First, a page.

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Is Lavrov's cancelled visit a win-win for Serbia?

Belgrade has been trying to tread a delicate balancing act

08 June, 11:18
(ANSA-AFP) - BELGRADE, JUN 8 - Ever been relieved when your friends cancel a visit at the last minute? Analysts believe that is exactly what Serbian authorities' are feeling after Russia's chief diplomat was forced to drop his trip to the Balkan country. Serbia has been trying to tread a delicate balancing act since Moscow invaded Ukraine by condemning the aggression at the UN but refusing to take part in sanctions. But it was served with a diplomatic hot potato when the Kremlin announced that Russian foreign minister Sergei Lavrov would visit Monday shortly after the European Union candidate country announced a "very favourable" long-term gas deal with Moscow. The visit fell through as Serbia's neighbours Bulgaria, Montenegro and North Macedonia -- all NATO members -- banned Vladimir Putin's confidant from flying through their airspace. Serbian president Aleksandar Vucic labelled the bar as an "attempt to ban discussion", adding that he was bombarded with "countless" requests to cancel Lavrov's visit. "I haven't seen such hysteria and organised attacks on a small country like Serbia in a long, long time," Vucic said. "Us not accepting to be a part of the pack... is what gives someone a headache," he added, referring to Belgrade's refusal to tow the EU line. But some believe the outcome was actually a victory for Serbia's policy of playing all sides, as it could still present itself to the Kremlin as the one that did not want to pull the plug on the visit. "This is an elegant way for Serbian authorities to get out of an awkward situation," foreign policy analyst Nenad Sebek said.

"The only possible way for Lavrov to come was through a pipeline," he quipped, referring to the gas deal. - A 'provocation' all along? - Lavrov's arrival could have caused a diplomatic backlash from Brussels, experts say. After local media speculated that German chancellor Olaf Scholz would have cancelled his planned trip to Belgrade Friday, Vucic said such a development "would have been a tragedy". Some seasoned diplomats believe Lavrov's visit was nothing more than a "provocation" by Moscow in the first place.

The Russian diplomat already had to cancel a trip to Switzerland for disarmament talks in late February after the EU closed its airspace to Russian aviation. And it was highly unlikely that Russia thought he would make it through EU airspace this time either, former Serbian ambassador to Belarus Srecko Djukic said.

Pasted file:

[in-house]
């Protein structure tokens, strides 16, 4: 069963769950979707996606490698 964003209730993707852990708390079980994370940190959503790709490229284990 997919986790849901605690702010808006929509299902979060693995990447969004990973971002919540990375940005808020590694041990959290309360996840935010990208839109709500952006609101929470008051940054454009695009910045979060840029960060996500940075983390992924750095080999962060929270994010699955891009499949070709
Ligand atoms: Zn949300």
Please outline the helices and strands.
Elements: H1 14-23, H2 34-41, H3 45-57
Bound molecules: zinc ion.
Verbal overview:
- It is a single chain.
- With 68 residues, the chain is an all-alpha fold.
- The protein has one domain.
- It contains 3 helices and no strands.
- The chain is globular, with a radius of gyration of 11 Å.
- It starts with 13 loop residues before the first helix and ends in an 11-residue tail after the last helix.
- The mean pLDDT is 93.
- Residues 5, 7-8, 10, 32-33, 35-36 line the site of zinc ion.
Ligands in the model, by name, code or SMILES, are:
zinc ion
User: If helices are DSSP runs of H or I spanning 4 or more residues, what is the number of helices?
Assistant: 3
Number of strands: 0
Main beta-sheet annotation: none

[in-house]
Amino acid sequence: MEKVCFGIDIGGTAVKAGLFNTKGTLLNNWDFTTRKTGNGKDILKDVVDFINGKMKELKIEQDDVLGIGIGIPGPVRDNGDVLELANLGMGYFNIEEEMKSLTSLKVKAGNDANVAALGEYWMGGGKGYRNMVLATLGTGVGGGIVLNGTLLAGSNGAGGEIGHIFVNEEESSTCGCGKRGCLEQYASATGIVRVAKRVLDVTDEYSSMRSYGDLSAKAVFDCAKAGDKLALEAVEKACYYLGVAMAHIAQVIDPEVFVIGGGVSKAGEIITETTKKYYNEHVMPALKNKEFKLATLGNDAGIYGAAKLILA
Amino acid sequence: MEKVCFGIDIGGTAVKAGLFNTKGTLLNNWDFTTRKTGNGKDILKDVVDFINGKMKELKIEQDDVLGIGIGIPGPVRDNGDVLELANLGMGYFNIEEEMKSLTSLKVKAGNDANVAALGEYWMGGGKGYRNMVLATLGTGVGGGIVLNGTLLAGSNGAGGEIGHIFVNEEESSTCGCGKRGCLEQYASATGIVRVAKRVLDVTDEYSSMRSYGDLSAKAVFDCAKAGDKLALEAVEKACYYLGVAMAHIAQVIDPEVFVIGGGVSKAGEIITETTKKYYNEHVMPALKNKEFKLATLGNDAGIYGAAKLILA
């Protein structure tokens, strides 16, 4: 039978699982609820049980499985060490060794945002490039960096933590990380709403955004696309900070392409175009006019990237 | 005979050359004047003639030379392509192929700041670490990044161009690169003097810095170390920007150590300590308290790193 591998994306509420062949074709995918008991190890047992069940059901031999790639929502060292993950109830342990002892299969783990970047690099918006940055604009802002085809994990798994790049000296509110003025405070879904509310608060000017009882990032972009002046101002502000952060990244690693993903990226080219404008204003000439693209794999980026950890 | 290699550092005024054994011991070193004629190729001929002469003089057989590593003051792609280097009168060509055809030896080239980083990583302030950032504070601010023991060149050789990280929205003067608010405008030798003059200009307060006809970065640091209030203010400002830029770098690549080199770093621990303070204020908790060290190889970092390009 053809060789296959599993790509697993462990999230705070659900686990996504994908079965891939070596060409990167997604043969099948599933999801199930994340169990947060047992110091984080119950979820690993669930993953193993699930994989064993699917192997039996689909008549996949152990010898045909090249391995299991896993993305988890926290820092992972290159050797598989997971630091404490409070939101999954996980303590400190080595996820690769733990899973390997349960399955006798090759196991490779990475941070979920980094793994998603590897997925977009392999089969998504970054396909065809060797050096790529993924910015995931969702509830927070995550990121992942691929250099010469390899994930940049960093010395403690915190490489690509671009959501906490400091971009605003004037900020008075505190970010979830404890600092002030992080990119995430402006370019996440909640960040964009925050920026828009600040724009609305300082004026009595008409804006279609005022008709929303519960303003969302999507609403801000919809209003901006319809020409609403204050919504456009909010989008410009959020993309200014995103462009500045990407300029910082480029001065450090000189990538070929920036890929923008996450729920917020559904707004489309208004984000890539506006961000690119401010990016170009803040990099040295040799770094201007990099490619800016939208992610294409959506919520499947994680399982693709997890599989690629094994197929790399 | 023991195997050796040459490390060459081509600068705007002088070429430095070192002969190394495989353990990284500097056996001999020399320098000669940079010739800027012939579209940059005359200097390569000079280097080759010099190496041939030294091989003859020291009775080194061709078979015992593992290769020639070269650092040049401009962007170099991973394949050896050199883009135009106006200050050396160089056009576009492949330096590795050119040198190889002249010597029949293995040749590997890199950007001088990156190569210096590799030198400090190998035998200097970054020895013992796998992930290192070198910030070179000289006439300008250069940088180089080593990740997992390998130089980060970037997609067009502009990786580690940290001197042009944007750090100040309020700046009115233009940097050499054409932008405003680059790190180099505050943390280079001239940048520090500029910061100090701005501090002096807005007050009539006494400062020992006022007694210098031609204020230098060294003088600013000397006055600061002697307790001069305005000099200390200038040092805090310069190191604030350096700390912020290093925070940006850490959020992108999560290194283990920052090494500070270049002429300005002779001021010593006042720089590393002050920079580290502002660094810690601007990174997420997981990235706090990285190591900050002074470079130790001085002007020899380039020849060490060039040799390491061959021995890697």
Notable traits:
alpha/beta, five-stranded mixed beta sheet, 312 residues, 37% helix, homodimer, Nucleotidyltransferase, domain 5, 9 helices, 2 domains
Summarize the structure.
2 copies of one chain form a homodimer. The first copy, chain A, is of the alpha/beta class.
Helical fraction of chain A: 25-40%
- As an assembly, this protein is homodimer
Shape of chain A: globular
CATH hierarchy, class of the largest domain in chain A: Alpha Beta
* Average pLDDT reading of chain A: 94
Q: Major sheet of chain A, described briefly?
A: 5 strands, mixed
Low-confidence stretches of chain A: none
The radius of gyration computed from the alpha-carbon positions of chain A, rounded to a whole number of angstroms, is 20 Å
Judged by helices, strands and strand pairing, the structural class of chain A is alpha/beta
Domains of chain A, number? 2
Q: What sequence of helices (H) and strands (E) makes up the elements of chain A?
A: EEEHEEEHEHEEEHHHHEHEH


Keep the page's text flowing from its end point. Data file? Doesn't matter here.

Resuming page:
"The core political message of this visit would have been breaching EU sanctions and presenting them as meaningless," Djukic told AFP. Serbia also played along by "either accepting or initiating Lavrov's visit", Djukic said, adding that its double game with the Kremlin in such a delicate situation is the "opposite of having a foreign policy". "Serbia keeps on ignoring the circumstances, completely unable to grasp the world we live in," Djukic insisted. - Pro-Russian sentiment - The two predominantly Slavic and Orthodox Christian countries are united by deep fraternal ties, along with steadfast military alliances dating back beyond World War I. Moscow has remained Belgrade's crucial diplomatic ally thanks to its ironclad backing of Serbia's claim over the breakaway province of Kosovo, blocking any formal recognition of the territory's independence at the UN. For years, pro-government Serbian media outlets backed by Vucic have echoed the Kremlin line and have portrayed Putin as a model statesman. That glowing coverage as well fresh memories of NATO's bombing of Serbia during the 1999 Kosovo war cemented pro-Russian sentiment -- a huge base of support that Vucic needs to appease. According to a recent poll, 40 percent of Serbs would be "happy" if the country gave up trying to join the EU and formed an alliance with Russia instead. The same survey suggests that almost three quarters of Serbs believe Russia was forced to engage in conflict in Ukraine because of NATO's expansion, while over half believe Moscow is trying to "prevent genocide" in the Donbas. As millions across the globe have shown their support of Ukraine, Serbia has emerged as a rare outliner with huge crowds attending pro-Russian rallies and donning shirts emblazoned with the infamous "Z" signs. Despite the emotional connection to Moscow, Serbia is deeply dependent on the EU, by far its most important trade partner. According to Serbian authorities, total exchanges between EU and Serbia exceeded 30 billion euros ($32.2 billion) last year, almost 14 times its business with Russia. Amid controversy about Lavrov's visit, Vucic underlined Serbia's somewhat ambivalent commitment to joining the bloc. "Serbia has to hurry up on its European path -- no matter if this sounds contradictory -- because it's best for Serbia," he said. "Is it pretty to picture that in our heads? Not necessarily, but it's best for our children," he added. (ANSA-AFP).

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